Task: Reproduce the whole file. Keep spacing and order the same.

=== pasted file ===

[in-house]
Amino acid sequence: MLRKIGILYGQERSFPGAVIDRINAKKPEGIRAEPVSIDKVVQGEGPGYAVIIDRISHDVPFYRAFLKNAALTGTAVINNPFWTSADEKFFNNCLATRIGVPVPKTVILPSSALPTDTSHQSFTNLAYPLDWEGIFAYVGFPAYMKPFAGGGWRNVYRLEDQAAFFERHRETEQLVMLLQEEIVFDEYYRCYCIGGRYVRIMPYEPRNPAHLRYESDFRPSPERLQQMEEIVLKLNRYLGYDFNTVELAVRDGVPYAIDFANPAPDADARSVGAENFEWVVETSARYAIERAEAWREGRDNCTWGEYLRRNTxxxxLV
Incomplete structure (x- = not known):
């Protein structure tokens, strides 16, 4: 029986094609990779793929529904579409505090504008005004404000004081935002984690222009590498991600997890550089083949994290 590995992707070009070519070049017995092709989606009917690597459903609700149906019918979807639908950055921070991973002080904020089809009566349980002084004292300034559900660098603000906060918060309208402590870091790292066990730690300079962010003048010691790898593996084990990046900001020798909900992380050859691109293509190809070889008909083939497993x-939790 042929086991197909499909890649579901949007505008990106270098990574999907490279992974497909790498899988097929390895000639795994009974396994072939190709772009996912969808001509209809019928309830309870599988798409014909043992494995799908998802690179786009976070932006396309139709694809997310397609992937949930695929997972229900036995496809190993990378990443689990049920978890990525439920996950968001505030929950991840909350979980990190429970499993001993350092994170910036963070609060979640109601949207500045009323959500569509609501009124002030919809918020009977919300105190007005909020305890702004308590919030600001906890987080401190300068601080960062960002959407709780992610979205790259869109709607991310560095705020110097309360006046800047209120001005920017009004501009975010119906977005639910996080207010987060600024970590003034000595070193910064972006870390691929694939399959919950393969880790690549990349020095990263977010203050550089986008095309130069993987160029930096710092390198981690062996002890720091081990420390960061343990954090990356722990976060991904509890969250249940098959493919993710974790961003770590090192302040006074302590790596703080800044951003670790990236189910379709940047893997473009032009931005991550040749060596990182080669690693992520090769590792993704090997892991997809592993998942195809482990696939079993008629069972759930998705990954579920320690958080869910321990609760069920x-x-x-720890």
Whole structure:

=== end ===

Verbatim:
[in-house]
Amino acid sequence: MLRKIGILYGQERSFPGAVIDRINAKKPEGIRAEPVSIDKVVQGEGPGYAVIIDRISHDVPFYRAFLKNAALTGTAVINNPFWTSADEKFFNNCLATRIGVPVPKTVILPSSALPTDTSHQSFTNLAYPLDWEGIFAYVGFPAYMKPFAGGGWRNVYRLEDQAAFFERHRETEQLVMLLQEEIVFDEYYRCYCIGGRYVRIMPYEPRNPAHLRYESDFRPSPERLQQMEEIVLKLNRYLGYDFNTVELAVRDGVPYAIDFANPAPDADARSVGAENFEWVVETSARYAIERAEAWREGRDNCTWGEYLRRNTxxxxLV
Incomplete structure (x- = not known):
């Protein structure tokens, strides 16, 4: 029986094609990779793929529904579409505090504008005004404000004081935002984690222009590498991600997890550089083949994290 590995992707070009070519070049017995092709989606009917690597459903609700149906019918979807639908950055921070991973002080904020089809009566349980002084004292300034559900660098603000906060918060309208402590870091790292066990730690300079962010003048010691790898593996084990990046900001020798909900992380050859691109293509190809070889008909083939497993x-939790 042929086991197909499909890649579901949007505008990106270098990574999907490279992974497909790498899988097929390895000639795994009974396994072939190709772009996912969808001509209809019928309830309870599988798409014909043992494995799908998802690179786009976070932006396309139709694809997310397609992937949930695929997972229900036995496809190993990378990443689990049920978890990525439920996950968001505030929950991840909350979980990190429970499993001993350092994170910036963070609060979640109601949207500045009323959500569509609501009124002030919809918020009977919300105190007005909020305890702004308590919030600001906890987080401190300068601080960062960002959407709780992610979205790259869109709607991310560095705020110097309360006046800047209120001005920017009004501009975010119906977005639910996080207010987060600024970590003034000595070193910064972006870390691929694939399959919950393969880790690549990349020095990263977010203050550089986008095309130069993987160029930096710092390198981690062996002890720091081990420390960061343990954090990356722990976060991904509890969250249940098959493919993710974790961003770590090192302040006074302590790596703080800044951003670790990236189910379709940047893997473009032009931005991550040749060596990182080669690693992520090769590792993704090997892991997809592993998942195809482990696939079993008629069972759930998705990954579920320690958080869910321990609760069920x-x-x-720890």
Whole structure: